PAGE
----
LAX's 2009-2016 CIP totals approximately $5.6 billion. Approximately $1 billion is allocated to the 2009 Projects which include capital projects to be funded, in part, with the proceeds of the series 2009 bonds. Capital expenditures are expected to be 58% debt financed (25% from future senior bonds and 33% from future subordinate bonds) and include the completion of the interior improvements to the Tom Bradley International Terminal that began in February 2007 and were partly funded by the series 2008 bonds as well as construction of a 3,400-foot-long connection between the north and south airfields. The remaining $4.6 billion CIP comprises Other Incorporated Projects (OIP); 42% is expected to be funded by future senior bonds, 9% from future subordinate bonds, 17% from LAX's balance sheet, and 19% from PFCs. Bradley West is the largest project in the OIP at $1.6 billion; nine new gates will be added and secure walkways will be constructed between Terminals three and four so connecting passengers do not need to re-enter security.

As is reflective of an international passenger and cargo gateway, the airport is served by a diverse mix of airlines, including 22 scheduled domestic carriers, 43 scheduled foreign flag airlines, and 17 all-cargo carriers. The largest carrier, American, accounted for only 15% of the airport's total enplanements in fiscal 2009, relatively unchanged from 2001. Even with airline alliances, no one alliance comprises more than 30% market share. This level of diversity is unique to LAX and is considered a strength of the credit. While LAX serves as the largest airport in the greater Los Angeles area, comprising roughly 70% of all passenger traffic, the airport's enplanements fell 9% in fiscal 2009 to 28.3 million. LAX's fiscal year extended from July 1, 2008 to June 30, 2009, primarily driving the reduction in traffic, since the worst declines for all U.S. airports occurred in the second half of 2008.

Airport management utilizes a commercial compensatory rate-setting methodology in the terminal areas and a residual cost recovery methodology for the airfield, representing a combined airport economic model that generates excess cash for reserves. Historically, the airlines paid for capital costs associated with terminal improvements, meaning airport management had little control over a large portion of LAX's facilities. LAX is pursuing the implementation of a uniform airport-wide capital charge to the airlines and to effectuate this change, LAX is actively engaged in acquiring those facilities previously funded by the airlines and expects to repurchase 30%-40% of its gates and acquire 2 million square feet from a total of 4.4 million.

LAX's financial operations have been largely stable over the past several years with coverage of total debt service exceeding 2.8x since fiscal 2002. Fiscal 2009 coverage on total debt was particularly strong at 5.5x. Based on the enplanement forecast and the financial structure of the airport, the airport consultant projects total coverage levels from net revenues to remain above 1.7x through 2016. LAX historically had a very low $6-$10 debt per enplanement and after the series 2008 bond issue, it increased to a moderate $34. After the series 2009 bond issue, debt per enplanement will still be a moderate $58, but will potentially reach $127 through the full capital program.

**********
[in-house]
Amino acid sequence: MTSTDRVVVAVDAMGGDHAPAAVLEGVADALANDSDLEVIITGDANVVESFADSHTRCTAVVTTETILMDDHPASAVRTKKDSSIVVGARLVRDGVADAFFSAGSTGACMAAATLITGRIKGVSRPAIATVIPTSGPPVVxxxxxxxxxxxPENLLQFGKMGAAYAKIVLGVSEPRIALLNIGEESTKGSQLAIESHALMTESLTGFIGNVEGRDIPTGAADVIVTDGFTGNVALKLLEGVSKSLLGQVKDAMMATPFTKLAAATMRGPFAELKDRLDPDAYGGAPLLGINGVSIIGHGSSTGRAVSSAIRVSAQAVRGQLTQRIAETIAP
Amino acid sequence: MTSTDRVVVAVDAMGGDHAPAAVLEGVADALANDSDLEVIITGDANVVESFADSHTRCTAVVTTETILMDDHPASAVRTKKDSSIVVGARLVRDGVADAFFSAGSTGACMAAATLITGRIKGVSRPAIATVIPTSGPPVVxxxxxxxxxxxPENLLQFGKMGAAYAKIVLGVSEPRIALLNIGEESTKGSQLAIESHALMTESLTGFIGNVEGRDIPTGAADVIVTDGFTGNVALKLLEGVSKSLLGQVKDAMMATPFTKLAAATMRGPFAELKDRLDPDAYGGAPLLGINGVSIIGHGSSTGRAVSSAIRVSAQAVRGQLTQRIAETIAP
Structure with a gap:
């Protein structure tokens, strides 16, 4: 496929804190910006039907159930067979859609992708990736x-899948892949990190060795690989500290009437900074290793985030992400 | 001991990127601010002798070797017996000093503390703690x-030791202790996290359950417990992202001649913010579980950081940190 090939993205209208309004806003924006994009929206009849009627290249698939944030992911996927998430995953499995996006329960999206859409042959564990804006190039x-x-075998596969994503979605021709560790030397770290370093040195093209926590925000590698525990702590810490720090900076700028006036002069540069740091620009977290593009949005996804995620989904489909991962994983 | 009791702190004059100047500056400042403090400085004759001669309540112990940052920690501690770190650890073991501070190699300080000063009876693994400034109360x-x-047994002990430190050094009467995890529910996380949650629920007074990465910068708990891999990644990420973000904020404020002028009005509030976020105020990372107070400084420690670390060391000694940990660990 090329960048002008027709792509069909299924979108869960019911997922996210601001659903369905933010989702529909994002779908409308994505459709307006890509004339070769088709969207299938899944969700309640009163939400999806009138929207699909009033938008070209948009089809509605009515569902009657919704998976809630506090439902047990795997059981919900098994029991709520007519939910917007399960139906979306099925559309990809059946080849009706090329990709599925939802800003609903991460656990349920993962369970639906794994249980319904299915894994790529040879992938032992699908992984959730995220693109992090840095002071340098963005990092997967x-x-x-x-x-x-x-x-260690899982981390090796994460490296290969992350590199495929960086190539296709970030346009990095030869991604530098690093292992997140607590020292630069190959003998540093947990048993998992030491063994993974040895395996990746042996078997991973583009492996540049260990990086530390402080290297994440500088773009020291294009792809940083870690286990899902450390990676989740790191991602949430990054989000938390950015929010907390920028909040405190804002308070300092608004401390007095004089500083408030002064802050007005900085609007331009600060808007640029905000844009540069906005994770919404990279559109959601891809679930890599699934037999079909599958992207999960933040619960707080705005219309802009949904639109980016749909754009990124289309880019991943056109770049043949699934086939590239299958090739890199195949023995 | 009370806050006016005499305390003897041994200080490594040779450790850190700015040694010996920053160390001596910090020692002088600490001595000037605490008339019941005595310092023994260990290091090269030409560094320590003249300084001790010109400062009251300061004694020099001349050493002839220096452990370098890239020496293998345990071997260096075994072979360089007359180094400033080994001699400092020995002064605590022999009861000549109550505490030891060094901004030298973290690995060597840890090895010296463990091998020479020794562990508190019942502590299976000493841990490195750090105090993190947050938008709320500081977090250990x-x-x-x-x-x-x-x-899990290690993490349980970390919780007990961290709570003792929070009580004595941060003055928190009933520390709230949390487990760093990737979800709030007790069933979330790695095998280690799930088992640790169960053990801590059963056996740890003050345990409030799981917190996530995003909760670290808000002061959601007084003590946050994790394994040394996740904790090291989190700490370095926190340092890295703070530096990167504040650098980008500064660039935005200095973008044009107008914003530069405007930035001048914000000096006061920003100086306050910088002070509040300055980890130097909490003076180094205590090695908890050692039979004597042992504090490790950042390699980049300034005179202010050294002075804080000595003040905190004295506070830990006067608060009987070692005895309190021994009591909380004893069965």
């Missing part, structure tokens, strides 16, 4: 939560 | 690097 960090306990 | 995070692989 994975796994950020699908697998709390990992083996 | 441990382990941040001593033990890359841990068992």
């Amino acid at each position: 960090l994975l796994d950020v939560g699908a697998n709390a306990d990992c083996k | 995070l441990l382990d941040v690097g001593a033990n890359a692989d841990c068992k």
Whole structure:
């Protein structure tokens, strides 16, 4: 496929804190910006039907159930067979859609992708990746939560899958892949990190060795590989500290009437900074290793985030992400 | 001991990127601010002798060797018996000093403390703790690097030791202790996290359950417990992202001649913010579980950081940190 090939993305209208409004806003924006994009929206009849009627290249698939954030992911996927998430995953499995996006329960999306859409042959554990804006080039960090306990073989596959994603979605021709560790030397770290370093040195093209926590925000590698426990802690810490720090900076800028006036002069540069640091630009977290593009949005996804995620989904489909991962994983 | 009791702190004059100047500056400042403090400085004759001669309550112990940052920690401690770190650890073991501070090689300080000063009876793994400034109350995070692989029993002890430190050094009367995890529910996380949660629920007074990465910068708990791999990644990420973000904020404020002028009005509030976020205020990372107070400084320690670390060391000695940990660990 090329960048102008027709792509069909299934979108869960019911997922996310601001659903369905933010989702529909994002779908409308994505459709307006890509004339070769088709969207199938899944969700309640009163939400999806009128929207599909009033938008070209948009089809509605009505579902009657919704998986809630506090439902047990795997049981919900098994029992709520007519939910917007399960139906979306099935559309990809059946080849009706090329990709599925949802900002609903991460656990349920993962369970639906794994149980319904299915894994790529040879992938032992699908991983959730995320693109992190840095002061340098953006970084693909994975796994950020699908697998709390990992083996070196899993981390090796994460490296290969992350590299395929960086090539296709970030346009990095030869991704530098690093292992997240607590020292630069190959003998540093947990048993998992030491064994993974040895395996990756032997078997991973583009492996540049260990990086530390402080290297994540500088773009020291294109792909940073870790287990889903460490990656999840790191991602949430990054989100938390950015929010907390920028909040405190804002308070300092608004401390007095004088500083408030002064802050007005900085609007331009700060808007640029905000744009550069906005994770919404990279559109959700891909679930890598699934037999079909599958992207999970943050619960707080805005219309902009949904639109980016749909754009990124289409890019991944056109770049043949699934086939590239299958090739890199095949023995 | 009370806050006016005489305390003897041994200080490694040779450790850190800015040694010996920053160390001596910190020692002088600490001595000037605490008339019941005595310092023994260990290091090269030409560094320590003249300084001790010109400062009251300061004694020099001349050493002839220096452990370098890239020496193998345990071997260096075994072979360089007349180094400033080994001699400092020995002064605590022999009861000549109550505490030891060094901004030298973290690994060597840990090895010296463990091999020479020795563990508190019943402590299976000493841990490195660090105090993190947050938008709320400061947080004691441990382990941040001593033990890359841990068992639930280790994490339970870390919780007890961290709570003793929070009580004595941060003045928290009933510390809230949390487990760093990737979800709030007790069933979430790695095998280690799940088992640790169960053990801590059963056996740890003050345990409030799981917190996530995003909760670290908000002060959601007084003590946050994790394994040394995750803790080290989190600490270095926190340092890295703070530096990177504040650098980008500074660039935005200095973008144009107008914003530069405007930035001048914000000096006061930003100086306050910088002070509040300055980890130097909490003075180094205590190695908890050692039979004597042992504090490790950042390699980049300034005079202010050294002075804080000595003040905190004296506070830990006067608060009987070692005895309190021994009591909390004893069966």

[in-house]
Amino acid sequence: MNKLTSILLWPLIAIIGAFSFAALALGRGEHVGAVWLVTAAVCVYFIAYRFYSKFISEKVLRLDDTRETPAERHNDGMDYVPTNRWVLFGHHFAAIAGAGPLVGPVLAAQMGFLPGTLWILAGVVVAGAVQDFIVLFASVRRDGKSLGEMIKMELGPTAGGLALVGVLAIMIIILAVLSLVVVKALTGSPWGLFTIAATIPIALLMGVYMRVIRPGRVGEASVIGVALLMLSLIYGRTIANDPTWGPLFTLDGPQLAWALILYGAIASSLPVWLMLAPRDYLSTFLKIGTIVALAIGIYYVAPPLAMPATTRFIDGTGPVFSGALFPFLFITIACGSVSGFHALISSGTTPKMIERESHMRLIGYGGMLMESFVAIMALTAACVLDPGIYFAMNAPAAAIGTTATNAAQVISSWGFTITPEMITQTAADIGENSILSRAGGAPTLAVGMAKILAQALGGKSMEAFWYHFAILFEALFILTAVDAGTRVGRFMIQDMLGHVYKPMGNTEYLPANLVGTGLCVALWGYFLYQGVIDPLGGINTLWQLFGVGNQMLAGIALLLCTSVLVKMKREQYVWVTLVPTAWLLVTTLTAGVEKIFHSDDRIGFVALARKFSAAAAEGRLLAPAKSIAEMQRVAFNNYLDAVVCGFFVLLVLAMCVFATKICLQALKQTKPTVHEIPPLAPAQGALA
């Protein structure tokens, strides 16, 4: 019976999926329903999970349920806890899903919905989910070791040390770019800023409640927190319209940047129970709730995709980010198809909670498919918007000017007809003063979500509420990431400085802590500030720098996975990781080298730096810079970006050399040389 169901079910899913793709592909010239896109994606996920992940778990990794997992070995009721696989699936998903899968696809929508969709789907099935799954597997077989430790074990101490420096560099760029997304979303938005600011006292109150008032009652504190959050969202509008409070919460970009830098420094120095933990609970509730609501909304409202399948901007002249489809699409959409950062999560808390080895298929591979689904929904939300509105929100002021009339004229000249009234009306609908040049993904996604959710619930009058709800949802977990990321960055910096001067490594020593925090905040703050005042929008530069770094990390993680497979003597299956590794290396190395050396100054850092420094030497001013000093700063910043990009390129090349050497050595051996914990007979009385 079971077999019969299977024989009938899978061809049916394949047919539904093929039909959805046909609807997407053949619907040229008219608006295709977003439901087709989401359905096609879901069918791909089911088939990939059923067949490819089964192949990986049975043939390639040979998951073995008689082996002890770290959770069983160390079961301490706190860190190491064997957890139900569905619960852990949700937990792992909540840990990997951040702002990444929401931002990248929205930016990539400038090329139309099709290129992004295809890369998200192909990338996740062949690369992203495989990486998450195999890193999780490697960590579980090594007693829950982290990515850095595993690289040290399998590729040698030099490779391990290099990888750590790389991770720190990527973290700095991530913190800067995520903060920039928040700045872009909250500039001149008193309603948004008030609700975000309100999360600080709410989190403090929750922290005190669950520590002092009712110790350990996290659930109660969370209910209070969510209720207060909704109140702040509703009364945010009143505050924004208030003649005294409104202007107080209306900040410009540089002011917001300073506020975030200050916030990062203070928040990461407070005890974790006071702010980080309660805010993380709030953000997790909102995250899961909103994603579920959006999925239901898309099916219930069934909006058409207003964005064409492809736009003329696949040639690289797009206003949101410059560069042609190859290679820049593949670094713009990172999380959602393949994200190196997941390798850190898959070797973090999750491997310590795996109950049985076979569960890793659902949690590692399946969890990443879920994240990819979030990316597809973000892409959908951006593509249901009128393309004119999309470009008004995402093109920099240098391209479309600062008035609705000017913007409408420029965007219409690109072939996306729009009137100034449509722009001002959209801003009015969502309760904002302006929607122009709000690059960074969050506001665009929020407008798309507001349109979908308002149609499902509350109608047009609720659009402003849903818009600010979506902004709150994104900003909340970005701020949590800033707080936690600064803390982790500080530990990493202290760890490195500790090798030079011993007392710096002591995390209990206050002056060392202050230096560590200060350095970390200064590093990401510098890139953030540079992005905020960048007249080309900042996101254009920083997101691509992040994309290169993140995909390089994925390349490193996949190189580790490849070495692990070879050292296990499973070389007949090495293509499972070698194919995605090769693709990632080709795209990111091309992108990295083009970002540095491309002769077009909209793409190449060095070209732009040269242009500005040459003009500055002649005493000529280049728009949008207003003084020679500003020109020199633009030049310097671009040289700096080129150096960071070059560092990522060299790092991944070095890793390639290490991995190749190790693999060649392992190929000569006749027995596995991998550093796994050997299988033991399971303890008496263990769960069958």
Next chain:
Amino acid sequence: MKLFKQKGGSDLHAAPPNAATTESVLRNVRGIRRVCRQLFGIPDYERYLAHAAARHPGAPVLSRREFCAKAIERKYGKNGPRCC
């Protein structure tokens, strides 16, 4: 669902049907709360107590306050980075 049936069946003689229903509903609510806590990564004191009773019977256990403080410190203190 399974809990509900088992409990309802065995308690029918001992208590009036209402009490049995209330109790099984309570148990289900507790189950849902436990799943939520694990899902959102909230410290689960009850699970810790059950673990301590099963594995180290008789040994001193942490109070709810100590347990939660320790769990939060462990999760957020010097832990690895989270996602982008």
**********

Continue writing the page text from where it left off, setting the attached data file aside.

The City of Los Angeles owns LAX, the airport is operated and maintained by Los Angeles World Airports (LAWA) who also manages Ontario International Airport (ONT) and Van Nuys Municipal Airport (VNY). In addition, LAWA maintains Palmdale Regional Airport (PMD), although it is not currently certified by the Federal Aviation Administration. The LAX airport revenue bonds are solely secured by revenues derived from LAX's operations.

The application of the following criteria was used to derive the rating of the above referenced bonds:

--'Rating Criteria for Infrastructure and Project Finance', dated Sept. 29, 2009;

--'Airports Rating Criteria Handbook for General Airport Revenue, PFC and Letter of Intent Bonds' dated March 12, 2007.

All are available on the Fitch web site at 'www.fitchratings.com' under the headers Global Infrastructure & Project Finance >> Rating Criteria and U.S. Public Finance >> Rating Criteria.

Additional information is available at 'www.fitchratings.com'.

ALL FITCH CREDIT RATINGS ARE SUBJECT TO CERTAIN LIMITATIONS AND DISCLAIMERS. PLEASE READ THESE LIMITATIONS AND DISCLAIMERS BY FOLLOWING THIS LINK: HTTP://FITCHRATINGS.COM/UNDERSTANDINGCREDITRATINGS. IN ADDITION, RATING DEFINITIONS AND THE TERMS OF USE OF SUCH RATINGS ARE AVAILABLE ON THE AGENCY'S PUBLIC WEBSITE 'WWW.FITCHRATINGS.COM'. PUBLISHED RATINGS, CRITERIA AND METHODOLOGIES ARE AVAILABLE FROM THIS SITE AT ALL TIMES. FITCH'S CODE OF CONDUCT, CONFIDENTIALITY, CONFLICTS OF INTEREST, AFFILIATE FIREWALL, COMPLIANCE AND OTHER RELEVANT POLICIES AND PROCEDURES ARE ALSO AVAILABLE FROM THE 'CODE OF CONDUCT' SECTION OF THIS SITE.

Business Wire

Les plus belles photos d'avions
L4H (F-AZII) Airbus A320-214 (CS-TNP) Dassault Falcon 7X (VQ-BAA) Dassault Falcon 7X (VQ-BAA) Dassault Falcon 7X (VQ-BAA) Douglas DC-7C Seven Seas (EC-BBT)